It’s been a semester in law school, and frankly speaking, I can feel the pressure building up!
In the first place, ours is a good college but it’s not exactly a great place for law. The moot question would thus be – How do you stand apart ?
How do you make a great impression? To cut a long story short : What on earth would make a recruiter hire you and not an NLU graduate?
Of course , if you are a star speaker , you make an image for yourself. So do you, if you possess excellent drafting skills and research abilities.
But what if it’s neither this nor that? Even though it’s still simply the outset for me, and I enjoy writing and research, I feel an almost compulsory need to excel. And that does not help.
Also, I believe law is becoming very much like engineering, in terms of the number of people pursuing it and colleges mushrooming all over. (Too many colleges and students but a smaller market?)
It’s definitely not of the magnitude of medicine or engineering yet, but that is surely where its heading.
So, unless you are from a premier NLU, the future is uncertain!
The good part here is – for law, an established National Law University would make your job easier, but at the end of the day it’s your research skills, mooting, debating, writing and the rest which matter.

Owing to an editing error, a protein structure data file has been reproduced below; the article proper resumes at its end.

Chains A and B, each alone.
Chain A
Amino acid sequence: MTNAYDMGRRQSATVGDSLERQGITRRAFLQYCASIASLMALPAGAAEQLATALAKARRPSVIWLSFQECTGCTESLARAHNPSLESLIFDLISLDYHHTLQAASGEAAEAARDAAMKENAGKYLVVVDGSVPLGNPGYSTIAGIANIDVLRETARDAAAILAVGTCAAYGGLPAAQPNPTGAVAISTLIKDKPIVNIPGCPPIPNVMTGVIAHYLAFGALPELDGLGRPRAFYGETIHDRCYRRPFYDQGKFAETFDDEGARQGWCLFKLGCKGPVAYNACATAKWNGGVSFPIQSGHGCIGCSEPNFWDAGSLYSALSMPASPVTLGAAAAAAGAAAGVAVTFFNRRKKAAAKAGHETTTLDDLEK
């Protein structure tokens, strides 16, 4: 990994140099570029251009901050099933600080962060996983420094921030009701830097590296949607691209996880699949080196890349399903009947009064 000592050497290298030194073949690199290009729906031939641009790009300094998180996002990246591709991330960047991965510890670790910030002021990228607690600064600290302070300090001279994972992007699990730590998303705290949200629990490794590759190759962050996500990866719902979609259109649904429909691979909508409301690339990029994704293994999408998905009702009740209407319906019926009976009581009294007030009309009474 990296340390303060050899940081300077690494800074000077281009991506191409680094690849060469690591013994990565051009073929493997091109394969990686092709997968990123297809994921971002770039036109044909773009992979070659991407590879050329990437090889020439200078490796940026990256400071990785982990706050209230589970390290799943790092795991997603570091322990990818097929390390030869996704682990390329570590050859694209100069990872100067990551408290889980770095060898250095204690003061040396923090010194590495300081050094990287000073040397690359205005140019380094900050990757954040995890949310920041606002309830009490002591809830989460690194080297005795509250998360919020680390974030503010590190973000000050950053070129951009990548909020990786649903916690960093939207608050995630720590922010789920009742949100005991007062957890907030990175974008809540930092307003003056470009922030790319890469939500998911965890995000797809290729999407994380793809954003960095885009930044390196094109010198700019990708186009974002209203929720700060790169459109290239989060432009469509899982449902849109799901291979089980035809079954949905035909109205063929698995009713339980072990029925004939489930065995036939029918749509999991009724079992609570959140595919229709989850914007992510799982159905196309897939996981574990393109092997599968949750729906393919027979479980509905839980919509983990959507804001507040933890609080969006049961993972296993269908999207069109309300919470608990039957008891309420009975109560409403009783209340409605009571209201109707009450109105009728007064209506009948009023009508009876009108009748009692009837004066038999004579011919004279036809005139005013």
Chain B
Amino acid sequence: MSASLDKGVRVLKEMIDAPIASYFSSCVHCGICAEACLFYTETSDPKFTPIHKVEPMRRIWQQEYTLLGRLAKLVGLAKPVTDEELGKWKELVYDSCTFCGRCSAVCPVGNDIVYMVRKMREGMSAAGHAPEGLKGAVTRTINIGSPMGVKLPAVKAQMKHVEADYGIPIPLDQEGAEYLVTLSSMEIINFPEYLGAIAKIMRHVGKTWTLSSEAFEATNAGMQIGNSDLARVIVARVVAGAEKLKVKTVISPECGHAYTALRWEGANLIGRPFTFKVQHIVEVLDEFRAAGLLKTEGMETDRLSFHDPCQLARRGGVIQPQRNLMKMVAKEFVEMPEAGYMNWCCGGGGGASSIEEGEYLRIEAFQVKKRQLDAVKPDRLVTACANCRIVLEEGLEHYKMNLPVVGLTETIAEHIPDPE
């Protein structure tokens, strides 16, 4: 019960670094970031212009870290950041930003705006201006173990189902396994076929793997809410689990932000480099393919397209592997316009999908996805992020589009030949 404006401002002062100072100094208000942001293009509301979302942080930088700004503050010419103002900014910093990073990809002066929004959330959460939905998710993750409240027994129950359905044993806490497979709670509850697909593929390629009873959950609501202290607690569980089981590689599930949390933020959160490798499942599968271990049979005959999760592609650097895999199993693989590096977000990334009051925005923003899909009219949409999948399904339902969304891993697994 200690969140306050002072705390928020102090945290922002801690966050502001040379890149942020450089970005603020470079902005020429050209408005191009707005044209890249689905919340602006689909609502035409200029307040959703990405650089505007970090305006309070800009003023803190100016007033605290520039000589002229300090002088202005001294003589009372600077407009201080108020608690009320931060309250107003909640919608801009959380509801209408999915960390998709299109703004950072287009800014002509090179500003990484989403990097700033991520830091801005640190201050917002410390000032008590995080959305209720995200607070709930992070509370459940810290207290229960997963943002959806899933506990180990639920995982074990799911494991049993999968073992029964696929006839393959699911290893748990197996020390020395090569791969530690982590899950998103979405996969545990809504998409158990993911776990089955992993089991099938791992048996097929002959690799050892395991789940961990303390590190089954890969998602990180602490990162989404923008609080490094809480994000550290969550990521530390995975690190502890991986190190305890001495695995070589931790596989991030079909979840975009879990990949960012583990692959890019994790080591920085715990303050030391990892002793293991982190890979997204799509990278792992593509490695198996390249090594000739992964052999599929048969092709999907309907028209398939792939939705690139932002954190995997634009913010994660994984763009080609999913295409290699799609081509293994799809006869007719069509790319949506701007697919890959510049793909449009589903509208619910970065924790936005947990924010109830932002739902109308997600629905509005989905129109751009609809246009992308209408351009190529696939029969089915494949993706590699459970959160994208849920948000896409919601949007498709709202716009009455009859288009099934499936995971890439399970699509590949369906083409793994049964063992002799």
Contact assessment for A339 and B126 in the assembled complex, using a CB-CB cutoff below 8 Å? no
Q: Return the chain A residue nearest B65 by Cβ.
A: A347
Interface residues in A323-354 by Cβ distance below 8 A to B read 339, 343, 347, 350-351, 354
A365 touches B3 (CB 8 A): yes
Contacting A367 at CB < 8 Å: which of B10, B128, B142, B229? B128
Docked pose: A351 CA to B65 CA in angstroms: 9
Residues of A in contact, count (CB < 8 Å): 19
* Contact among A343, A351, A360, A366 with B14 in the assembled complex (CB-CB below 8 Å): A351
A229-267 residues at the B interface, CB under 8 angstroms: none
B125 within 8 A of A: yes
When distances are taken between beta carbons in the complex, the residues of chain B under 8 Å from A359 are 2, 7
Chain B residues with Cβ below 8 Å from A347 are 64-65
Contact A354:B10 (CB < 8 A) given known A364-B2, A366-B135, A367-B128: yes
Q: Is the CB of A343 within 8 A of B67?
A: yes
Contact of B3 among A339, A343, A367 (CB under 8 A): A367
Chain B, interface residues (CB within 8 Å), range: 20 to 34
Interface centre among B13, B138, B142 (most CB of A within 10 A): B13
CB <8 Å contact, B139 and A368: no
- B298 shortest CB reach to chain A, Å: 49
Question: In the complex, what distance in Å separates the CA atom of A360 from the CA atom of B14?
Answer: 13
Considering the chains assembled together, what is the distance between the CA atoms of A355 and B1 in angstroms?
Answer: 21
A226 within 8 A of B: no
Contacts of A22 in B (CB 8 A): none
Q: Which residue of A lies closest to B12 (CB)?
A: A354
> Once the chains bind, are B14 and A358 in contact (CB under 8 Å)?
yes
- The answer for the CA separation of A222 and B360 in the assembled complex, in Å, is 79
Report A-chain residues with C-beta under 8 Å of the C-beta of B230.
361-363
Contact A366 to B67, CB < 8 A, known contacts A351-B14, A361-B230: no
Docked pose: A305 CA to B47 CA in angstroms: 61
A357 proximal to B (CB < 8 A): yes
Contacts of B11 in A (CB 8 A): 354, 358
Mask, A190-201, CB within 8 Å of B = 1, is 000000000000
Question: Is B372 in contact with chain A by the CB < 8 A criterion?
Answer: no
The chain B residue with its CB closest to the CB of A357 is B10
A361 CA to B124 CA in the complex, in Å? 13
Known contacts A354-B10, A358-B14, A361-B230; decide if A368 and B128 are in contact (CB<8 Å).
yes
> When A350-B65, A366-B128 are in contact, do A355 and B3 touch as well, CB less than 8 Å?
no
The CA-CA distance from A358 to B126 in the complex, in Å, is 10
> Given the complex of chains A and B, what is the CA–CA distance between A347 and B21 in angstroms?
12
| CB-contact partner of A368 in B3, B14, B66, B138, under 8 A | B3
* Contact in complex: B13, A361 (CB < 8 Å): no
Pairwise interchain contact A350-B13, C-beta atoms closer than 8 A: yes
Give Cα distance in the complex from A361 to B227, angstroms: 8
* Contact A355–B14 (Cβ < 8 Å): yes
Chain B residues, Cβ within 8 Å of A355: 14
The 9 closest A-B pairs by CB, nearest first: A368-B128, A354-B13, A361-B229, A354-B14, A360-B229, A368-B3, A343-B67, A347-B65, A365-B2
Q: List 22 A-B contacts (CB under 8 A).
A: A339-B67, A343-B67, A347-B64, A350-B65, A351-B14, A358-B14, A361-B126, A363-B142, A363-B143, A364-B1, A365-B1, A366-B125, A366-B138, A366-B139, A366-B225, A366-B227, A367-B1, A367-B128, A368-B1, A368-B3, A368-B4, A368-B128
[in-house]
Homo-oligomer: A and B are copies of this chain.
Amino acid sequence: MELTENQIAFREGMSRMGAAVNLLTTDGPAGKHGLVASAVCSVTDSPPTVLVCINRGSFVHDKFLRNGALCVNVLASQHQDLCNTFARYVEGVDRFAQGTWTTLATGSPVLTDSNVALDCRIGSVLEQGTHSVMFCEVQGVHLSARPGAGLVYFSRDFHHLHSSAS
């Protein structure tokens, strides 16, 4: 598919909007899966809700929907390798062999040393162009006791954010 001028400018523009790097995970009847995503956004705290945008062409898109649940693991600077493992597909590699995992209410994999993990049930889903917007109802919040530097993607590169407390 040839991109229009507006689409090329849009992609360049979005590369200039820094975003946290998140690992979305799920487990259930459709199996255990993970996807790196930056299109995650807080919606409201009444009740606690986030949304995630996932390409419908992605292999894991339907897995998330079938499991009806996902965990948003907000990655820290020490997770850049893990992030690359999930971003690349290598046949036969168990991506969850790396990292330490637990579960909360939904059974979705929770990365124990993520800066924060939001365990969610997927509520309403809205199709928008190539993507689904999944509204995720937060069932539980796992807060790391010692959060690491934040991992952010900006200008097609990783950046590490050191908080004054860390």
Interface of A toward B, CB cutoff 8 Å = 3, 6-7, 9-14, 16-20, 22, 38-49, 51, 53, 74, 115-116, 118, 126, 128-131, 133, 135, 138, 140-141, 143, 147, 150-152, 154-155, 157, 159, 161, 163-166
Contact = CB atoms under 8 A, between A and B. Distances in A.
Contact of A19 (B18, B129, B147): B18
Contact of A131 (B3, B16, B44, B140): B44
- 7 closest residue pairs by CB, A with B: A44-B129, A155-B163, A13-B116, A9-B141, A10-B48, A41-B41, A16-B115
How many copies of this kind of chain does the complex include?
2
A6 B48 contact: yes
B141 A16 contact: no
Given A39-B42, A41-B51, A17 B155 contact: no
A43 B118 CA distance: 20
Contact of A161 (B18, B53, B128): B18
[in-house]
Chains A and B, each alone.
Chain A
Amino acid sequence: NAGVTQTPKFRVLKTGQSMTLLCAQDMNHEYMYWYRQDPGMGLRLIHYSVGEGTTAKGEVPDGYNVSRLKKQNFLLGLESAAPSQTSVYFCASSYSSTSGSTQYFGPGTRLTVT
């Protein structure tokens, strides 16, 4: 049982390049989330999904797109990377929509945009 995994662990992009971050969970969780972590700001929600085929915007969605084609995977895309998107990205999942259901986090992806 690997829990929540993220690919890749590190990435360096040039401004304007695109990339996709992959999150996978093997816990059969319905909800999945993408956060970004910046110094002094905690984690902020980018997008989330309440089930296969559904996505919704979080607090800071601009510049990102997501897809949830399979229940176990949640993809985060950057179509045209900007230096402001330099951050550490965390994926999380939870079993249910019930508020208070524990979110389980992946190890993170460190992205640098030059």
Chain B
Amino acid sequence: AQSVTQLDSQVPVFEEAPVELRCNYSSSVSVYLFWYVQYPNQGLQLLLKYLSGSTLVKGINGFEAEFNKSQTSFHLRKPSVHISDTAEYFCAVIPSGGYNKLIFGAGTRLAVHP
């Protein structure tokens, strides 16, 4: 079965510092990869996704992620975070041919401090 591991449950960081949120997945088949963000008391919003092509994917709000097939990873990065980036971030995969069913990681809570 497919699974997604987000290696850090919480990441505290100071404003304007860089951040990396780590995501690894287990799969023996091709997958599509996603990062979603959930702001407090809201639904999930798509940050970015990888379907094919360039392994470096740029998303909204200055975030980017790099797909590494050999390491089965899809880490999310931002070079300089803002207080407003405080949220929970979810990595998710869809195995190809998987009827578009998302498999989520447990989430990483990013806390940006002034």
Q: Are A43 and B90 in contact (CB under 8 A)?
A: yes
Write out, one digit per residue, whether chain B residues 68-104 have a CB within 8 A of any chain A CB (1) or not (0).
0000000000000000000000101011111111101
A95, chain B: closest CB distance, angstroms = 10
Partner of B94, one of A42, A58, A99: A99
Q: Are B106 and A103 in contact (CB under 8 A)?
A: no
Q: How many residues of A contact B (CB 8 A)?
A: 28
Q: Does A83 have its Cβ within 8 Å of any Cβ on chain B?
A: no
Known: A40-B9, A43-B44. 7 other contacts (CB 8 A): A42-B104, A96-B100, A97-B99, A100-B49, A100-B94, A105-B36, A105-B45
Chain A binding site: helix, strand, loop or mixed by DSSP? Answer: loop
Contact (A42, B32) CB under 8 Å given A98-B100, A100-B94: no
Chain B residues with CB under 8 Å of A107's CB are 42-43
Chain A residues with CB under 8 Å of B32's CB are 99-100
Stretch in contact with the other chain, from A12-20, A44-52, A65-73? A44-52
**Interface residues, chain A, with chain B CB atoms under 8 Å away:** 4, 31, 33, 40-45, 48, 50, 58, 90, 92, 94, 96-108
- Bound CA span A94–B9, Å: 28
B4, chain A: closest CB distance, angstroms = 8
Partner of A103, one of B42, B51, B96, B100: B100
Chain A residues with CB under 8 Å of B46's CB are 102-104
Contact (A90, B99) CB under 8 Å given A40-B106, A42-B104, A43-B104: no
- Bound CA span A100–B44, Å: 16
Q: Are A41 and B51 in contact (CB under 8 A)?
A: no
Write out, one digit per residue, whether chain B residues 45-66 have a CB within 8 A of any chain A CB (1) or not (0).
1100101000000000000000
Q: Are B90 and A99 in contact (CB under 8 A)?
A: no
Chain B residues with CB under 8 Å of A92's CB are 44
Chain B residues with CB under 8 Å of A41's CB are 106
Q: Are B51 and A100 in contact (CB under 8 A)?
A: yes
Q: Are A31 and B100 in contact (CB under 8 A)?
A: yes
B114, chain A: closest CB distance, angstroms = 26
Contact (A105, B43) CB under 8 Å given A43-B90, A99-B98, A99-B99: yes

The pressure to perform is immense, and that is draining.
Even when I enjoy the process , I do feel that a lot of things in law school are popularity driven. It isn’t actual merit that always matters.
Sometimes it’s simply the fact that some are involved in a lot of things – be it music or theatre or sports – and that people know them. Now these are of course nice things, but it’s quite unfair that people should be catapulted to MUNs, moots or debates because of these.
My speaking skills aren’t quite good, and public speaking has always been an issue. I’m into writing and research, but the sad part is speaking is always more glamorous.
In a moot, for instance, it’s always the speakers who are the stars and pity the researcher (even if theirs is the winning team)! Writing is also quite slow a process in terms of the time and the rewards involved.
So how do you craft the perfect CV? Do the things you are passionate about or those tailor- made for a great resume?
Beyond idealism and highbrow ideas , is the latter actually the road to success ?
Lawctopus’ College Managers are writing about their biggest career fears.
We are publishing them not for the literary or the creative merit but because the write-ups tell the law student community that they are not alone in their doubts and worries